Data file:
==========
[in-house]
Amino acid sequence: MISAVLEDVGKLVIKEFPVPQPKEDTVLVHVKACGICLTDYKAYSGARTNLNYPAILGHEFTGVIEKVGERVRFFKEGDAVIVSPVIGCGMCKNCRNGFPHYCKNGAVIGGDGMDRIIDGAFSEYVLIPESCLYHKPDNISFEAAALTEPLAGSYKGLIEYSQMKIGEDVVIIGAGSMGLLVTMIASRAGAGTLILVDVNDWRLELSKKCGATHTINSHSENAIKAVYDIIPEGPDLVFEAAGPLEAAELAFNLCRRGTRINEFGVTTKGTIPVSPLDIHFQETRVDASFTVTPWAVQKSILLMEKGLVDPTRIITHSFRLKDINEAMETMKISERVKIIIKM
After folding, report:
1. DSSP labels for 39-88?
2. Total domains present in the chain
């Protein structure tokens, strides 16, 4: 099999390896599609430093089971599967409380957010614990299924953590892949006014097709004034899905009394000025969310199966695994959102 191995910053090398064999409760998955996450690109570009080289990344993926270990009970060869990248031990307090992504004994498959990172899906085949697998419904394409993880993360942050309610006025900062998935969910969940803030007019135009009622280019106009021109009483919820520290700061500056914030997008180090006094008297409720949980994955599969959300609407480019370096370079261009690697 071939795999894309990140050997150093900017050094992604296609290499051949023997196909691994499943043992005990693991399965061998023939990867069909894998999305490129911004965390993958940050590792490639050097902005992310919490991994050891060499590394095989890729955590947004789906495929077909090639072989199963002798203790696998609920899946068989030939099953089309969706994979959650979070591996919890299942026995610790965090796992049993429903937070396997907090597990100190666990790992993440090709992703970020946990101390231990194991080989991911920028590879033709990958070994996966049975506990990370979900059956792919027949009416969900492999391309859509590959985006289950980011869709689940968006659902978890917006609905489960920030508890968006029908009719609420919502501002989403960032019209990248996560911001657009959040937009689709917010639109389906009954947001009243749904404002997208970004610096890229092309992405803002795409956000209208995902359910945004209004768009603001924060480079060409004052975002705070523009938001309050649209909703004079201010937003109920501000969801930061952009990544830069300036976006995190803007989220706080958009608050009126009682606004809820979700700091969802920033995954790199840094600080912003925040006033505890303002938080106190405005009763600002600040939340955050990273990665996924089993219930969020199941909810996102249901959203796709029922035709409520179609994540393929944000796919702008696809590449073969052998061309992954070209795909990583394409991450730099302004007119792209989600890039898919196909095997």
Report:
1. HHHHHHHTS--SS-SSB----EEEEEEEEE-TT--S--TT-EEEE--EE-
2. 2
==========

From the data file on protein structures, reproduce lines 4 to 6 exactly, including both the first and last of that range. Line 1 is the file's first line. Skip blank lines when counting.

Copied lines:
1. DSSP labels for 39-88?
2. Total domains present in the chain
């Protein structure tokens, strides 16, 4: 099999390896599609430093089971599967409380957010614990299924953590892949006014097709004034899905009394000025969310199966695994959102 191995910053090398064999409760998955996450690109570009080289990344993926270990009970060869990248031990307090992504004994498959990172899906085949697998419904394409993880993360942050309610006025900062998935969910969940803030007019135009009622280019106009021109009483919820520290700061500056914030997008180090006094008297409720949980994955599969959300609407480019370096370079261009690697 071939795999894309990140050997150093900017050094992604296609290499051949023997196909691994499943043992005990693991399965061998023939990867069909894998999305490129911004965390993958940050590792490639050097902005992310919490991994050891060499590394095989890729955590947004789906495929077909090639072989199963002798203790696998609920899946068989030939099953089309969706994979959650979070591996919890299942026995610790965090796992049993429903937070396997907090597990100190666990790992993440090709992703970020946990101390231990194991080989991911920028590879033709990958070994996966049975506990990370979900059956792919027949009416969900492999391309859509590959985006289950980011869709689940968006659902978890917006609905489960920030508890968006029908009719609420919502501002989403960032019209990248996560911001657009959040937009689709917010639109389906009954947001009243749904404002997208970004610096890229092309992405803002795409956000209208995902359910945004209004768009603001924060480079060409004052975002705070523009938001309050649209909703004079201010937003109920501000969801930061952009990544830069300036976006995190803007989220706080958009608050009126009682606004809820979700700091969802920033995954790199840094600080912003925040006033505890303002938080106190405005009763600002600040939340955050990273990665996924089993219930969020199941909810996102249901959203796709029922035709409520179609994540393929944000796919702008696809590449073969052998061309992954070209795909990583394409991450730099302004007119792209989600890039898919196909095997």